Just as designing clothes is an art form and a statement, walking a runway is its own kind of art. “I think for sure it’s a performance,” Hadid noted. “And you’re definitely a different character every time. I think what’s great about it is being involved with the designers and having them ask for what they really want on the runway.” She explained that each show she has walked for so far has provided a different kind of instruction about how to walk and act on the runway. 

Hadid compared one of her previous jobs as a bouncer at a club as something that required a similar kind of performance as modeling. “I always felt like I was getting into character when I did that, as kind of the ‘door bitch,’ for lack of a better term,” she said. “For [walking down a runway], each time that I’ve done it, I got to also portray a character. So yeah, it is kind of an acting job.”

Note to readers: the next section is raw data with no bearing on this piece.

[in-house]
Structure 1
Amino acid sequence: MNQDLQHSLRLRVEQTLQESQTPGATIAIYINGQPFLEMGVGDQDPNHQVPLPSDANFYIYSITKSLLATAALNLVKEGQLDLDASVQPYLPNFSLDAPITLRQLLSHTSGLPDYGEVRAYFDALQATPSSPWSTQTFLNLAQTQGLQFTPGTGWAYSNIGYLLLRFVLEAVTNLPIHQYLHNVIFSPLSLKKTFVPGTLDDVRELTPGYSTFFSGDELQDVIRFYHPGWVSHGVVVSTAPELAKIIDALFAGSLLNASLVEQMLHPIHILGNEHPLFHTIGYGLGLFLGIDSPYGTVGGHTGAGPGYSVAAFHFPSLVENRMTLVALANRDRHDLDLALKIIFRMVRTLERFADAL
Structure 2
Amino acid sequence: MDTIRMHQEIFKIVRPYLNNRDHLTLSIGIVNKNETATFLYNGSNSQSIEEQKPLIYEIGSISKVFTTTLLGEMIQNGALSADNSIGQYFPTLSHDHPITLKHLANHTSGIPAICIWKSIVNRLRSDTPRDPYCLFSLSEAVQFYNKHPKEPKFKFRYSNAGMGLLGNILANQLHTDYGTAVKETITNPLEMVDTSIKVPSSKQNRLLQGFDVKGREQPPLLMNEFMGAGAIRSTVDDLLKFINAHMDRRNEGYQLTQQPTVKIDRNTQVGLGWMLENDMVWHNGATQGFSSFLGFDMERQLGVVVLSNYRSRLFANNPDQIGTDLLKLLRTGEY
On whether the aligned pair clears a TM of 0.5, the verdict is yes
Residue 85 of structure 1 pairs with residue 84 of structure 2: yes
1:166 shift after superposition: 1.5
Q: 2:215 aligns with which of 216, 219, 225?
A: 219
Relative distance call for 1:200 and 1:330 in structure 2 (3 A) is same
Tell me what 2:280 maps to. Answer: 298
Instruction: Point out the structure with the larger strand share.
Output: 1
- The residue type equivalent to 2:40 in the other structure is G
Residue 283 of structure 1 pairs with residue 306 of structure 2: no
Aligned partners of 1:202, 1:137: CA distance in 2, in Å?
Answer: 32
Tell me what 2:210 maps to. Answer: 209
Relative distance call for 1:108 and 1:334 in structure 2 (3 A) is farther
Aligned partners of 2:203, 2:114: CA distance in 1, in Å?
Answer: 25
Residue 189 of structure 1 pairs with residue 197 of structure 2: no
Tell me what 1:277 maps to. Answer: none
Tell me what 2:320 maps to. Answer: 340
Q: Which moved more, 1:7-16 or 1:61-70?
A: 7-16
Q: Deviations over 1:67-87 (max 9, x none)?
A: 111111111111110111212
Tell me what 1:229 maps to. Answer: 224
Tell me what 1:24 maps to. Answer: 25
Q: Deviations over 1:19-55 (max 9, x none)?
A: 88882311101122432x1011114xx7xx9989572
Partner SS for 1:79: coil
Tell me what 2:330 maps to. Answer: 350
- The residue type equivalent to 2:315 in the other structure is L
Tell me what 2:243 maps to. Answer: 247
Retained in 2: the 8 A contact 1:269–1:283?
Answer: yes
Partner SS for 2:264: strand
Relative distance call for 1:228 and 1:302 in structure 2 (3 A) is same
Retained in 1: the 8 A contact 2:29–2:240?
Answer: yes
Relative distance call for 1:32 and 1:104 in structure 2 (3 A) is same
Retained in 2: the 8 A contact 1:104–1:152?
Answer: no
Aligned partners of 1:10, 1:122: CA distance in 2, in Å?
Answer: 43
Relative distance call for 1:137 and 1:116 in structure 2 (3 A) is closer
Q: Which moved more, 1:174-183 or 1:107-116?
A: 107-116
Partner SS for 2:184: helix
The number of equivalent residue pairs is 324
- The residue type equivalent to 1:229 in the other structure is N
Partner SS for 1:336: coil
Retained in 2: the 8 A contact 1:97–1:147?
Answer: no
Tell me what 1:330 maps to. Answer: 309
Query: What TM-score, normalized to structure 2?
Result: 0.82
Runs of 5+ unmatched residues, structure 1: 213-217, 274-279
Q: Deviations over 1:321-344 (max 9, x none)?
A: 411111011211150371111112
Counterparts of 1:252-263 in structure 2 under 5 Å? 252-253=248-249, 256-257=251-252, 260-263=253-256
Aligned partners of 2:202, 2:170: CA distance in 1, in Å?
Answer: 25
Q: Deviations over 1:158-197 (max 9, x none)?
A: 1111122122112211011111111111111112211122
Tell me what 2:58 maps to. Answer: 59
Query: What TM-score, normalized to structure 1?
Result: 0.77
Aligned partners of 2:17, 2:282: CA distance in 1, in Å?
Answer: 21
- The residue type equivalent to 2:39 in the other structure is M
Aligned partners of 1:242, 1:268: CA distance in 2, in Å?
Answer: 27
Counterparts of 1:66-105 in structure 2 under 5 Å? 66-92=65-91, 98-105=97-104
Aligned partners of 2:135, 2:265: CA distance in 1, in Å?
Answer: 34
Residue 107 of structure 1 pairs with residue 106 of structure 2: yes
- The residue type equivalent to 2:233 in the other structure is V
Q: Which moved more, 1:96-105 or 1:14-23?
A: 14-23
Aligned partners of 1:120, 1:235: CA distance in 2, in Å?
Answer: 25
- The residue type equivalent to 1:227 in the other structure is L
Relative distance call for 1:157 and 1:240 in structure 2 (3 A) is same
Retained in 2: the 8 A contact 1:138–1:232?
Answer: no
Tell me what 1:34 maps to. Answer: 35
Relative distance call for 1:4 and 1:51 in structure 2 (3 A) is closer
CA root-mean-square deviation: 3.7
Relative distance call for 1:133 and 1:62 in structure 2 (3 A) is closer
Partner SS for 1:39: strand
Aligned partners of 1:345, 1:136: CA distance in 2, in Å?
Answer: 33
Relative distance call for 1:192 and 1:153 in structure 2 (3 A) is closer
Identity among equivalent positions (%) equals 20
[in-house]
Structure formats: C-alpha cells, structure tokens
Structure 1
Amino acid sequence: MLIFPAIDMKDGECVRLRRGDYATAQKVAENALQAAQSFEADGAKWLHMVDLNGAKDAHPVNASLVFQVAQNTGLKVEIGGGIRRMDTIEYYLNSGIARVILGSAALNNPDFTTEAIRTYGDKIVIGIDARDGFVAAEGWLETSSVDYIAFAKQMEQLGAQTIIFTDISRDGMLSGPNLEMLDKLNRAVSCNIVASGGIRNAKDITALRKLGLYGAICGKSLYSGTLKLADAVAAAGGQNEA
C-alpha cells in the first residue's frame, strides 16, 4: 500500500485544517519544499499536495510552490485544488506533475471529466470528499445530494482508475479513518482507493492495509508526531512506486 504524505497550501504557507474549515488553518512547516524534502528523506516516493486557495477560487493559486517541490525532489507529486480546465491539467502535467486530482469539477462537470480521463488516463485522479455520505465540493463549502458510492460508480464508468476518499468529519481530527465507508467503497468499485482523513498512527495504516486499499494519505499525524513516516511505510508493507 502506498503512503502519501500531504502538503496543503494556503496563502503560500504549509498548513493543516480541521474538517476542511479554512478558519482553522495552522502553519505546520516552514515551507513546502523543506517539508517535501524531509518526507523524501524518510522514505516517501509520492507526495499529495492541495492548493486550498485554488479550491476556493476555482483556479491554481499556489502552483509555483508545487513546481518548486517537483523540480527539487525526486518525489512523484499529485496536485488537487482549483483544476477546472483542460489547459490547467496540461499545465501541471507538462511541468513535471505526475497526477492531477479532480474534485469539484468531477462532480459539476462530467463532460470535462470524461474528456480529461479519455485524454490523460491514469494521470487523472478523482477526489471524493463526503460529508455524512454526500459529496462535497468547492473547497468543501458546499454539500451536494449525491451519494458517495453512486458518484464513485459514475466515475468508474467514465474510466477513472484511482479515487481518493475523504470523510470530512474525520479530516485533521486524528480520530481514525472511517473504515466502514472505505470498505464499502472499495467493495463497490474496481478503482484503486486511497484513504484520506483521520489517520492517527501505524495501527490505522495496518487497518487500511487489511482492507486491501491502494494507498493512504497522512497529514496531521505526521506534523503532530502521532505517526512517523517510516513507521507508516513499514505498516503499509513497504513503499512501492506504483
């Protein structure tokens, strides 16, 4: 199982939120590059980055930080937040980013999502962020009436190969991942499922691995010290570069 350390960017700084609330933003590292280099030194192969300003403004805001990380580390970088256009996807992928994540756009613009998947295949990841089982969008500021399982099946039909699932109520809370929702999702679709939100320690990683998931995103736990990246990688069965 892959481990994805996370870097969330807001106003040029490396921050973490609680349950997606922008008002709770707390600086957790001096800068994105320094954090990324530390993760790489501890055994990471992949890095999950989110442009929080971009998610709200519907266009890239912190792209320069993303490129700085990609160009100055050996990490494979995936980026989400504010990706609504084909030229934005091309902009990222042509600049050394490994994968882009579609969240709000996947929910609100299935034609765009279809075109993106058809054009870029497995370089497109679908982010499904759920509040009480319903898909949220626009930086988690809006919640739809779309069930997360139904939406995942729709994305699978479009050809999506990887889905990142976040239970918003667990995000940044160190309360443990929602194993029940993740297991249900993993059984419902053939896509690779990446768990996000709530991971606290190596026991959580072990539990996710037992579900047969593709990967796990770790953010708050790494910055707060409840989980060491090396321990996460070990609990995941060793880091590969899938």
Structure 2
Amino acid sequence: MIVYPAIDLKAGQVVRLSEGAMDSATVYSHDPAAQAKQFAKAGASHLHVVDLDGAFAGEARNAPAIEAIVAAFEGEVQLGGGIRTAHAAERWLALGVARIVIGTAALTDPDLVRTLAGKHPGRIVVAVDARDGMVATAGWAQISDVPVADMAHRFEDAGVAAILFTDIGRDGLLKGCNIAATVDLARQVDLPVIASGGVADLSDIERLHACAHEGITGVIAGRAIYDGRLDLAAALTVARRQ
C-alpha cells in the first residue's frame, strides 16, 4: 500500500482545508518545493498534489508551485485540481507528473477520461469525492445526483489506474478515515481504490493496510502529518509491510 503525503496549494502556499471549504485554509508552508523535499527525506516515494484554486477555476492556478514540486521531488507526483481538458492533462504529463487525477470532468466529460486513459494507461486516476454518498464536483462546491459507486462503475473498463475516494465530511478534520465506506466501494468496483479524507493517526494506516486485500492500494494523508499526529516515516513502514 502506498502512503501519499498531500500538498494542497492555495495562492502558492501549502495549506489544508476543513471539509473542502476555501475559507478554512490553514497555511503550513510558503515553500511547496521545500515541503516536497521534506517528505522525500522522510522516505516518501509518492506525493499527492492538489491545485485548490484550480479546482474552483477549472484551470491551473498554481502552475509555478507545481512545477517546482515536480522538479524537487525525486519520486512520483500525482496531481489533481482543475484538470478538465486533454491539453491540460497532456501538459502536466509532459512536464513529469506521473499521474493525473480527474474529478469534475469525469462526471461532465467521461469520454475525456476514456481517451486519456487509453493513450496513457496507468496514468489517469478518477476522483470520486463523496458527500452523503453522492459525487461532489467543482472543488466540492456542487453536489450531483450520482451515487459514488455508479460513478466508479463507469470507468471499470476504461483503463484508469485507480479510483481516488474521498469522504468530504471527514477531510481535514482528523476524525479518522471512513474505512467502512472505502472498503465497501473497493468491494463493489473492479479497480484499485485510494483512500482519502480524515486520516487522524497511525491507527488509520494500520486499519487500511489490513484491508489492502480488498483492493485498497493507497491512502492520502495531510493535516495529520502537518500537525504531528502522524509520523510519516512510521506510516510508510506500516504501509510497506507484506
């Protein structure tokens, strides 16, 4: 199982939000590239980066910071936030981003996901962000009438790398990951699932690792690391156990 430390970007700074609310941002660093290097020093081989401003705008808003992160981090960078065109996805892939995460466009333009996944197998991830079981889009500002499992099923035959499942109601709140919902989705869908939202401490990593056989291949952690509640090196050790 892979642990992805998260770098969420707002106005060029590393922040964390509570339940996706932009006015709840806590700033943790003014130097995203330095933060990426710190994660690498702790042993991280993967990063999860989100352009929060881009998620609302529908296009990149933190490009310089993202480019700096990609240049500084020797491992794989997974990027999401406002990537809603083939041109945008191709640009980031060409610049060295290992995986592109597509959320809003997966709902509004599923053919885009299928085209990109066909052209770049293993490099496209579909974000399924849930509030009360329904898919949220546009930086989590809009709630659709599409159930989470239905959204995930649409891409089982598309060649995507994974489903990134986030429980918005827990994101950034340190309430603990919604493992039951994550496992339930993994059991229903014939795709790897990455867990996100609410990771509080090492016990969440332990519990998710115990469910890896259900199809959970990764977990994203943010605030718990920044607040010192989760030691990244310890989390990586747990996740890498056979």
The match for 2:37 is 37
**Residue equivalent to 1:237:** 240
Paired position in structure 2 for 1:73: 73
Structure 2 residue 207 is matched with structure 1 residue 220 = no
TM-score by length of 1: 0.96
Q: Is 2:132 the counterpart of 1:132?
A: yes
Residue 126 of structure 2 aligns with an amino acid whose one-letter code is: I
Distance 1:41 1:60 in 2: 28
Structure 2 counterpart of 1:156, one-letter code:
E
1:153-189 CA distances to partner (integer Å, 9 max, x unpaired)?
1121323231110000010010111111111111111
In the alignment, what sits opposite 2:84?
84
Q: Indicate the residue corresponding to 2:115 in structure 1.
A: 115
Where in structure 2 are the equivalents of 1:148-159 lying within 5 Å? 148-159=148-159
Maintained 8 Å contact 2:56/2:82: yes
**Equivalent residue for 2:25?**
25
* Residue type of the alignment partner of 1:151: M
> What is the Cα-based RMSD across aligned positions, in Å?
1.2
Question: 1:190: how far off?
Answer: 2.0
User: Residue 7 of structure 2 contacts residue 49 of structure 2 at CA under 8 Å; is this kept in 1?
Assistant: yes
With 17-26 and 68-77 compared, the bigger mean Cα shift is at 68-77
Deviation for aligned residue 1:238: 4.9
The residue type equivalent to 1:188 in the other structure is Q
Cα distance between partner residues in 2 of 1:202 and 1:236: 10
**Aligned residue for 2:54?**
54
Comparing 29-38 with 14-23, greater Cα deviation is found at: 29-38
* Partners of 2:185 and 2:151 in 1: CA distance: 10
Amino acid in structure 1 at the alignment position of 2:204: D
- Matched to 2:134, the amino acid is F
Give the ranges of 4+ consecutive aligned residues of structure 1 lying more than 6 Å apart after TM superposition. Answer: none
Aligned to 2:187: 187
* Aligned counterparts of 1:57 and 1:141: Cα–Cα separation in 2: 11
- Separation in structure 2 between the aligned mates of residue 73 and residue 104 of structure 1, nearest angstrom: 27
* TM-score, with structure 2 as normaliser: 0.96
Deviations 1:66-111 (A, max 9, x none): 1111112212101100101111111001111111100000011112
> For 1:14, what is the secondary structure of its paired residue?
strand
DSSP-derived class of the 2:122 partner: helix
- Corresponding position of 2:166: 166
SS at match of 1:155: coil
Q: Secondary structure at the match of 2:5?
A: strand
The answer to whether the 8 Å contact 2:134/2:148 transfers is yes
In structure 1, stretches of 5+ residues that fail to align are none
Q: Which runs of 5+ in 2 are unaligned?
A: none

Hadid has been going to fashion shows and attending different fashion weeks throughout her career, but New York Fashion Week (NYFW) always manages to distinguish itself. “New York Fashion Week was the first major fashion week that I ever went to. I think New York has an amazing energy,” she said. “You know that the people who get to show at New York Fashion Week are major players in the fashion game, and the people that are sitting around you are always very interesting.” 

As someone who lives in L.A., she finds the New York speed exciting. “I like that buzz and that energy,” she said. “The New York Fashion Week energy is like nothing else that I experience the rest of the year.”

When I asked Hadid about her favorite places to go when she’s in New York, she took her time to answer. After joking that “mostly when I’m [in New York], I’m hanging out on my sister’s couch. I can’t suggest that ’cause no one’s allowed there,” she settled on Lovers of Today, a bar on Seventh Street in the East Village.